Just then, Grandma Altina interjected. “Nicole, doo-doo, bring Sawo out for a likkle walk nuh? Show her ahrong d village and make her feel a likkle free up nuh? You know I in my ole age ahready so I wouldn’t can able to really show her d place. Dat is why I ask ur mama to make you come and check my Sawo”
Nicole let out a hearty laugh. “Ma Altina long time you did have jokes you know. But I will show her ahrong man, let her get familiar wit d place.”
Sariah glared at them both. She had the urge to storm out and go to her room, but she suspected if she did they would both just laugh at her. The last thing she needed was an embarrassment.
Sariah and Nicole left Ma Altina’s house at approximately 9:30. At first, they walked in silence as they sauntered through the rocky streets of Anse De Mai, not saying much to each other, each sensing the other’s tension. Then, it was Nicole who broke the silence.
Sucking her teeth loudly, she exclaimed, “Those people dere nasty we!”
She kicked at the plastic bag that lay sprawled out on the street. This time, the label read, JE Nassief.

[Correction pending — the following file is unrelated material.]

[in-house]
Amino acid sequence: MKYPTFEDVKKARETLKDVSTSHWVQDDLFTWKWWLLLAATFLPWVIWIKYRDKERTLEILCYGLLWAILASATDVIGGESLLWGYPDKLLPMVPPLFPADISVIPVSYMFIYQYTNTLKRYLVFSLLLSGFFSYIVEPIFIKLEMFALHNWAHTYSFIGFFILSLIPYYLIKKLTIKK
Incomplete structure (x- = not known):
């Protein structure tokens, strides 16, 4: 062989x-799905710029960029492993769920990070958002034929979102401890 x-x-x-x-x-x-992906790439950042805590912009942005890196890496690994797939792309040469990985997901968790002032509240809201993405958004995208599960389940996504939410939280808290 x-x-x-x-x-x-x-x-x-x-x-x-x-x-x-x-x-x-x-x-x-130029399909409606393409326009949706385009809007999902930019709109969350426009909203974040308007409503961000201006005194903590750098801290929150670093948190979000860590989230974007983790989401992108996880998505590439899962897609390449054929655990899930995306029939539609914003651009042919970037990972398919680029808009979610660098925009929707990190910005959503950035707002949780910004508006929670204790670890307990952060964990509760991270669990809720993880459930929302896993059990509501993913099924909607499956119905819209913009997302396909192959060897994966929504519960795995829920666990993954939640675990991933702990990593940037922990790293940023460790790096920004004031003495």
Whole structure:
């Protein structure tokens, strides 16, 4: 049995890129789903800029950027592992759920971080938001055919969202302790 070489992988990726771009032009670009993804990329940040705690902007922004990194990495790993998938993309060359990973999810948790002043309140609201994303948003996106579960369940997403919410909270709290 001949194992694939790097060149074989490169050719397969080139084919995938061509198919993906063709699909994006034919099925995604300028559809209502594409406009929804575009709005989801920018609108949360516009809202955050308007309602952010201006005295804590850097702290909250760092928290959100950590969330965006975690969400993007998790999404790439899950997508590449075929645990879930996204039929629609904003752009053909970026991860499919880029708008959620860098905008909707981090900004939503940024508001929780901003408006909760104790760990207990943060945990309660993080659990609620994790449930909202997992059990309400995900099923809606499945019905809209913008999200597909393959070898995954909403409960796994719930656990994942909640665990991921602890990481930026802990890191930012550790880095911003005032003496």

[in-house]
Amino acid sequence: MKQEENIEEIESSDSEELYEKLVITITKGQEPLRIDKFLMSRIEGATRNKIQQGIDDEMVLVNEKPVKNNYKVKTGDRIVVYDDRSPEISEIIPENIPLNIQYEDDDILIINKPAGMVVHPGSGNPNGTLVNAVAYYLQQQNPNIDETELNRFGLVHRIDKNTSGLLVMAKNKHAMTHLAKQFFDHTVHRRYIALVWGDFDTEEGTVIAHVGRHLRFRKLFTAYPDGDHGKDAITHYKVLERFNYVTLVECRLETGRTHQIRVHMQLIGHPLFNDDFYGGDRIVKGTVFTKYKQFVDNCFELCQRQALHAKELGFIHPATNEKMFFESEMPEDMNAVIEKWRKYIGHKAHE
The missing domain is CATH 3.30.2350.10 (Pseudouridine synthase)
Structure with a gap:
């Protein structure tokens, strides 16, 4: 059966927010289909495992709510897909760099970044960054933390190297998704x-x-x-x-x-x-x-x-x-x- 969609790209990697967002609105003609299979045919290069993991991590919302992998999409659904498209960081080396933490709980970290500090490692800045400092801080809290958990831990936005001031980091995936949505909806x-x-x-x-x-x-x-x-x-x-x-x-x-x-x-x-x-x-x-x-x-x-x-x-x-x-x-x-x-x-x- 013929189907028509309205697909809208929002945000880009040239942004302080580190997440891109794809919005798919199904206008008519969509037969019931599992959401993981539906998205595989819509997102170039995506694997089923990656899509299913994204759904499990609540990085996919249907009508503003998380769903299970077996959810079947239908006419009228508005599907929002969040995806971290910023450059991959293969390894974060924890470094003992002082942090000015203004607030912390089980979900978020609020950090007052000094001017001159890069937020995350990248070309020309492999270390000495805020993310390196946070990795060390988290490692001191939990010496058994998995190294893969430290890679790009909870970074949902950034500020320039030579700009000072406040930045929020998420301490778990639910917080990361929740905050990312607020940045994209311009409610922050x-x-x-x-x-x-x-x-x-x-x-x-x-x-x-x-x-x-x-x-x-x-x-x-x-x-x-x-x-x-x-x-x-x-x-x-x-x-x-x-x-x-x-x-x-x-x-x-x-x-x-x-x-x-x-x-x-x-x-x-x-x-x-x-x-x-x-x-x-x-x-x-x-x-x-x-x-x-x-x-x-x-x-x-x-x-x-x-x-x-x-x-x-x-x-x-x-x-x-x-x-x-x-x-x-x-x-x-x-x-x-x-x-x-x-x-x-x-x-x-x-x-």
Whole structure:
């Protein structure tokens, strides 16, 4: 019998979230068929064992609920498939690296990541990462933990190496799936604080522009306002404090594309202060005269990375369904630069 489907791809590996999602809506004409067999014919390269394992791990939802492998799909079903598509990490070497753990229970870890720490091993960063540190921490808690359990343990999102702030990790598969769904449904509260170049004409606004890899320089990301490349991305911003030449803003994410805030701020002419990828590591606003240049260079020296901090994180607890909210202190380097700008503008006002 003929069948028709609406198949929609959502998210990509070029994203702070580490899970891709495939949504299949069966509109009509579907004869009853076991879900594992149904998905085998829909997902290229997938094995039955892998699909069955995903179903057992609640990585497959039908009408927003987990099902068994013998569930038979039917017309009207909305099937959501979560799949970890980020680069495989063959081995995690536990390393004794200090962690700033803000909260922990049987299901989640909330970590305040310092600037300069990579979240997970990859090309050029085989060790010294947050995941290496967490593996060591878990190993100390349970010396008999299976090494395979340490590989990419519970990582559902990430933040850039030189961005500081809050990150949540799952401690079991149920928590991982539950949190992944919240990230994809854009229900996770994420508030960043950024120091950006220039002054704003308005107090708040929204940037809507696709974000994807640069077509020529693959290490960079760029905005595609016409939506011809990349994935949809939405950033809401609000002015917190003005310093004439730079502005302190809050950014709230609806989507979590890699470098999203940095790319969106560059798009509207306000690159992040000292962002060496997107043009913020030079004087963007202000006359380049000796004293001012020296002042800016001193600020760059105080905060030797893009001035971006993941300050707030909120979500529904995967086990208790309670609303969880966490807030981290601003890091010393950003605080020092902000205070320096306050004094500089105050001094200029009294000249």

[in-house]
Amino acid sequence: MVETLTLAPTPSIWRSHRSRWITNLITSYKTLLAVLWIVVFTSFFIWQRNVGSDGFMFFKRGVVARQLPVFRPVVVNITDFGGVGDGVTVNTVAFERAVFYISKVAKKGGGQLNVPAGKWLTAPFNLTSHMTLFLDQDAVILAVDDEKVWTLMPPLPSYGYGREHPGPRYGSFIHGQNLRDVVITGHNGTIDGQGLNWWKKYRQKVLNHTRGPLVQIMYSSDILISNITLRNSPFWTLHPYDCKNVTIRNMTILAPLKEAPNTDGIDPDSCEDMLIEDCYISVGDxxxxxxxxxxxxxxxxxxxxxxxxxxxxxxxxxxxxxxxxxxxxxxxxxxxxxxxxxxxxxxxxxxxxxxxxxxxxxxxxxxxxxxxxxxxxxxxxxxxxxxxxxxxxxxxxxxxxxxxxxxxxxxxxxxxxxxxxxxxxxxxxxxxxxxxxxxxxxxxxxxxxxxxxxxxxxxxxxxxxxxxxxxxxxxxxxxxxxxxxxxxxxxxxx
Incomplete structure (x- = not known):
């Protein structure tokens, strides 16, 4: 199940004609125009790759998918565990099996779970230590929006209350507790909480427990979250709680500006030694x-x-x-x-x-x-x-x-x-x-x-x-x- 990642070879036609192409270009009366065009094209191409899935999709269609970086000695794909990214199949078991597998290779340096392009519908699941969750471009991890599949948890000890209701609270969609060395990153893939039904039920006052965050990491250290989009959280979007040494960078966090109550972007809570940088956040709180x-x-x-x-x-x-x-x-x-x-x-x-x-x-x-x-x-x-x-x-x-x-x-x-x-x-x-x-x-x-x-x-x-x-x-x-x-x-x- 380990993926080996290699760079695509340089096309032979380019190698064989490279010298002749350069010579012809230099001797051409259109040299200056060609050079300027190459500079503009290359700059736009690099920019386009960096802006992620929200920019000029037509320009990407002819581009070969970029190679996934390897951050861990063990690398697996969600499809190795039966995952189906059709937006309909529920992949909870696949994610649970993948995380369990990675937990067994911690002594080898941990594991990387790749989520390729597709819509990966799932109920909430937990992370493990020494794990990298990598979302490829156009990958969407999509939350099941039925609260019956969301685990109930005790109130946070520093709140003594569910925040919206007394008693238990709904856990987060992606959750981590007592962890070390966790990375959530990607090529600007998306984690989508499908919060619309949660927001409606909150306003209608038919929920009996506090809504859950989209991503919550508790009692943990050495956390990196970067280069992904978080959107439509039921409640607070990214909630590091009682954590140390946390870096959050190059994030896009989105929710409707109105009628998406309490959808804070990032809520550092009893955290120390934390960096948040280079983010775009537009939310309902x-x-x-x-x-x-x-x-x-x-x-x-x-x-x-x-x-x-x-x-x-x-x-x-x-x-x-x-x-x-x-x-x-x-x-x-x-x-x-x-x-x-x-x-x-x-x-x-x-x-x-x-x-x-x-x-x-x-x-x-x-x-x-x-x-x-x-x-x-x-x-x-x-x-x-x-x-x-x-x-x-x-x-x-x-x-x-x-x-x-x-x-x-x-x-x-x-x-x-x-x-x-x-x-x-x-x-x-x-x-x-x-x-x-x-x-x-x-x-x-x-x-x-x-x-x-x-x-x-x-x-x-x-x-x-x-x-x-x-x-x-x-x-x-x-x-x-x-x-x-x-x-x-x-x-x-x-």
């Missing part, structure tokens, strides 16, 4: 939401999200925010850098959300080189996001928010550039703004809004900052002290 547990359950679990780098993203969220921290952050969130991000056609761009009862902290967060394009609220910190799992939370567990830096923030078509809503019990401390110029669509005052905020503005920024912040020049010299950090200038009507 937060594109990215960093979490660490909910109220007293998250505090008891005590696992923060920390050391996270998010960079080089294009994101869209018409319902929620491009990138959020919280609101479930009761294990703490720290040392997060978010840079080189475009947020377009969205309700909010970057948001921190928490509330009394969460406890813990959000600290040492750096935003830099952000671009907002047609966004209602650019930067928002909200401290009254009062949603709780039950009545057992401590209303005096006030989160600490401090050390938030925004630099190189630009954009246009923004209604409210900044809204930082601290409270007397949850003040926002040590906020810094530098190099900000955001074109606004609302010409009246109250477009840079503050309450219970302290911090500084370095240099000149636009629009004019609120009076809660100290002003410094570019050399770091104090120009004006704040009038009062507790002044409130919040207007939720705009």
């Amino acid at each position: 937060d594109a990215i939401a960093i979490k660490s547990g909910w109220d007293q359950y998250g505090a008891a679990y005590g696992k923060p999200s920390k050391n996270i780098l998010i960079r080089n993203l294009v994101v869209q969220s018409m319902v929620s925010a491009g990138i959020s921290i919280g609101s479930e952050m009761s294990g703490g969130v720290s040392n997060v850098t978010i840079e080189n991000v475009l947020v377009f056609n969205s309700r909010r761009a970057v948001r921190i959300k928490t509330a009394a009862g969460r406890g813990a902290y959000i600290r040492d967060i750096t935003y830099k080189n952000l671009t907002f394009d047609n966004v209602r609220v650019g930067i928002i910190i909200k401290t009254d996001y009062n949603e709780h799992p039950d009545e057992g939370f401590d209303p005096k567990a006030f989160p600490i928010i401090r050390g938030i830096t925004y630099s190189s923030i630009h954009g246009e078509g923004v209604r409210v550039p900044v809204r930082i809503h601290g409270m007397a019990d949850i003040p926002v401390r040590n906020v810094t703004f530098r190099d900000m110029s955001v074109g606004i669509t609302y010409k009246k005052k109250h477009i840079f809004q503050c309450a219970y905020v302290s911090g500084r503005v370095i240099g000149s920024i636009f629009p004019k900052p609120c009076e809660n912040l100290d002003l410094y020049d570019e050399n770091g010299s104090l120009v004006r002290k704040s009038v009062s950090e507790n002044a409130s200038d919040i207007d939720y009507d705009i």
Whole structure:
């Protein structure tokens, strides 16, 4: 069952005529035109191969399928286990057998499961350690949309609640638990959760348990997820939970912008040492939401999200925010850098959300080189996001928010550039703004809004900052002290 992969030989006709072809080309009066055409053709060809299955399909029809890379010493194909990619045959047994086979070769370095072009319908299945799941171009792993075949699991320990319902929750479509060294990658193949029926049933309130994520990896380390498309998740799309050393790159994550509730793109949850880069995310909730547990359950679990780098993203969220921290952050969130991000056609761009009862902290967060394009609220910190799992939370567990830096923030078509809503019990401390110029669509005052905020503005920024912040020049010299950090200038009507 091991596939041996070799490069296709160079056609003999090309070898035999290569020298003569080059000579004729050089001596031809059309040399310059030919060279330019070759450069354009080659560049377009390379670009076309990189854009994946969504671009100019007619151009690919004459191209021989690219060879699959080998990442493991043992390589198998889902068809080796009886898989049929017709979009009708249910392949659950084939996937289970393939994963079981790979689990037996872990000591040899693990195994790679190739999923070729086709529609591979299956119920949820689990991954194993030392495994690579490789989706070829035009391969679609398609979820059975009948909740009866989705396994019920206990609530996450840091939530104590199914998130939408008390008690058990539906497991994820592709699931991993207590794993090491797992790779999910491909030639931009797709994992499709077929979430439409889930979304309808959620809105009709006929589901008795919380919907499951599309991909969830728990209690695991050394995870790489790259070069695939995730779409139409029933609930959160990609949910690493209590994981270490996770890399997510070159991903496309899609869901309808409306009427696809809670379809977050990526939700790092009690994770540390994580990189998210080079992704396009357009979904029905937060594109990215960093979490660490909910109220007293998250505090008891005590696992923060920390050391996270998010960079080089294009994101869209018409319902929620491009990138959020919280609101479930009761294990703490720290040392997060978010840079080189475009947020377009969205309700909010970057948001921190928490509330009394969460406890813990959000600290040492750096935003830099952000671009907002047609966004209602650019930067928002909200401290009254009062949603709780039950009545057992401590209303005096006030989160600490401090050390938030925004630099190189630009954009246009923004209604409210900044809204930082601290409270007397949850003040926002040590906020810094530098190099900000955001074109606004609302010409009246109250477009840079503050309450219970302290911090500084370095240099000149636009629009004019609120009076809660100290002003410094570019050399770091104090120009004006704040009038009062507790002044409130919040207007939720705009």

Sariah broke a branch from a low hanging guava tree, picked up the plastic bag and tossed it in the garbage bin. She shook her head in disgust.
“Wha’ppen? Why you put your face like dat for?” Nicole asked.
“I don’t get you people. Why are there so many plastic bags flying all over the village and garbage everywhere?” Sariah looked at Nicole with a questioning look in her eyes.
Nicole shrugged as if to say she had no explanation. Rather than addressing Sariah’s question, she said, “Aye you want check out something interesting?”
Sariah shrugged like an insolent toddler. “Why not,” she replied rolling her eyes.
Nicole led her down a small winding, track. The foliage got thicker and greener with each step and so too did Nicole’s pace quicken. Sariah began to get worried and was tempted to turn back but seemed drawn to the sound of rushing water. Suddenly, Nicole turned around. Spreading her arms apart, she shouted “ta- da!”